Visual Effects facility Artifex Studios had the opportunity to create a fully-digital creature for the upcoming feature film Scourge. Artifex worked on several intense scenes requiring the ‘star’. With such an integral role, a great deal of character needed to be built into each VFX sequence. Scourge has a definite personality; a calculated attitude had to be conveyed in every movement. Details such as 3D drool were also added during Scourge transfer from human host to host.
‘Creating a creature from scratch was a terrific opportunity for us.’ says Adam Stern, VFX Supervisor and President of Artifex Studios. Together with director Jonas Quastel, Scourge was designed in-house then taken to full 3D. The work involved some complex rigging including a dynamic tentacle system which was created separately. A custom system was created that allowed animators to control everything from the speed of individual tentacle motion, to how they were affected by forces (i.e. gravity), to how they collided with other objects in the scene including other tentacles.
‘Hero’ tentacles were keyframe-animated for specific directed action. Additional VFX work for the film included tentacles bursting from actors and being shown underneath skin, 3D prosthetic augmentation, and a full CG exterior church set.
The film starts with a dramatic camera move down the church tower, then continues on a stormy night in 1871 where barely a glimpse of Scourge is revealed. Later in the present day the creature is let loose and afflicts an entire town. Scourge was modeled in Maya utilizing ZBrush for sculpting. All animation was completed in Maya, with 3D rendering handled by RenderMan and compositing handled in Nuke.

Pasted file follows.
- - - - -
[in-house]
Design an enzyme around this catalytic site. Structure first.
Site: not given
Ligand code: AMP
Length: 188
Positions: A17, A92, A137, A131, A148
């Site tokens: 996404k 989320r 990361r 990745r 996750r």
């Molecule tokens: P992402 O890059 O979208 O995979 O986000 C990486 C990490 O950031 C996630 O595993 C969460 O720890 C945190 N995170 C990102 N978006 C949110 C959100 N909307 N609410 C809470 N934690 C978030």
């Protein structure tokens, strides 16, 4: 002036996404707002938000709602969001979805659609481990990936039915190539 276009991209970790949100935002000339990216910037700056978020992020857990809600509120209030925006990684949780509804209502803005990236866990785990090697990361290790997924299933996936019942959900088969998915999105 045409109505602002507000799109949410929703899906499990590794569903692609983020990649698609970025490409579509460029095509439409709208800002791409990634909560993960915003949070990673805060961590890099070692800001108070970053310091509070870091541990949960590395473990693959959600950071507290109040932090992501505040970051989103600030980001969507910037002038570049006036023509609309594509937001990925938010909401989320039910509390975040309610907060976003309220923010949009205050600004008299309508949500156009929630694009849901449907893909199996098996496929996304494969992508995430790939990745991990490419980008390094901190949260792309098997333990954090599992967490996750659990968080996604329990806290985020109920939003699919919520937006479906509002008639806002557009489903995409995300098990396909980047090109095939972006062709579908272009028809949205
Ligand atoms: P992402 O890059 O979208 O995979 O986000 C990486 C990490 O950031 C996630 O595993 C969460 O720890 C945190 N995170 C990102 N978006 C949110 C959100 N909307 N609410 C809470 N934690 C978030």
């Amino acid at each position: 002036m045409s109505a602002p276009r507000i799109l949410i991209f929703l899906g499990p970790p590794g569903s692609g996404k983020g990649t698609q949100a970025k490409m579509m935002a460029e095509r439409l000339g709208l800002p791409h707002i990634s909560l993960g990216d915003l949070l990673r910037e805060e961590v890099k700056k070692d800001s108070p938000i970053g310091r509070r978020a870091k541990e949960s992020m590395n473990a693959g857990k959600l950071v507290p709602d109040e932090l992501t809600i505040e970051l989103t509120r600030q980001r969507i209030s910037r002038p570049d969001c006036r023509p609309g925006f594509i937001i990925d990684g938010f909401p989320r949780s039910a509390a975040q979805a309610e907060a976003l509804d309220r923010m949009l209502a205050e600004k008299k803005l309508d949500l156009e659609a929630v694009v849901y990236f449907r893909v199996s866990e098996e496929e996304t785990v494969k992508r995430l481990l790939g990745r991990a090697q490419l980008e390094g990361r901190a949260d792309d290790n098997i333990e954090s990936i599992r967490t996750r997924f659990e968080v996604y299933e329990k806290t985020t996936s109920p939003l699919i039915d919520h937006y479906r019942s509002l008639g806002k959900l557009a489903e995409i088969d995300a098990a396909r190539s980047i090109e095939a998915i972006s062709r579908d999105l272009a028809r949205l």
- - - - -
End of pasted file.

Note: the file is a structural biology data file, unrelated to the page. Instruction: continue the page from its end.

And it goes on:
Andrew Bronstein of PHD Productions produced the film. Scourge was penned and directed by Jonas Quastel, whose writing credits include Crackerjack (Christopher Plummer, Nastassja Kinski), Listen (Brooke Langdon) and work on the TV Series Poltergeist: The Legacy. Quastel directed Sasquatch (Lance Henriksen, Andrea Roth, Erica Durance), Ripper II and The Psychic (Casper Van Dien).
Reflecting on the partnership between Artifex and PHD, Bronstein remembers the collaboration fondly, ‘We went from an idea, to seeing what the creature looked like, to designing the way it moved. And we had control of every little aspect.’ In particular, it was that attention to detail that impressed Bronstein. ‘At one point, the creature moves from one body to another, and there this great little detail, just a little dribble of slime, but it totally sells the shot. Artifex delivered all the elements you expect to see, but that we hadn’st thought to ask for specifically.’
‘I’ve worked with the folks at Artifex on past projects,’ Quastel said. ‘We knew they’sd be the perfect fit.’ He had high praise for the collaborative process of designing of the Scourge. ‘We spent weeks developing look and function. There was very little to draw on as far as other films. Instead, we pulled ideas from nature and borrowed from fantasy art. The result is something no one ever seen before, a spectacular and frightening creature with natural movement, texture and character.’
Scourge was shot on a JVC HD camera (GY-HD250) using the Red Rock Micro Film Lens (M2) adapter. The choice was simple for DP Corey Robson, whose previous credits as a digital imaging technician made him the perfect fit for the new ‘tapeless’ pipeline still in its infancy. For the budget-conscience independent feature, the camera was an ideal fit, says Robson. The pipeline was also new for Robson but one that he was dying to try. The film was recorded directly on to hard drive using a Wafian HR-1. Going directly to hard drive skipped the tape stock step which compresses images and allowed for a cleaner resolution and colour space than transferring to HDCAM or HDCAM SR.
Artifex Studios Ltd. is located in Vancouver, Canada and creates digital effects and 3D animation for film and television www.artifexstudios.com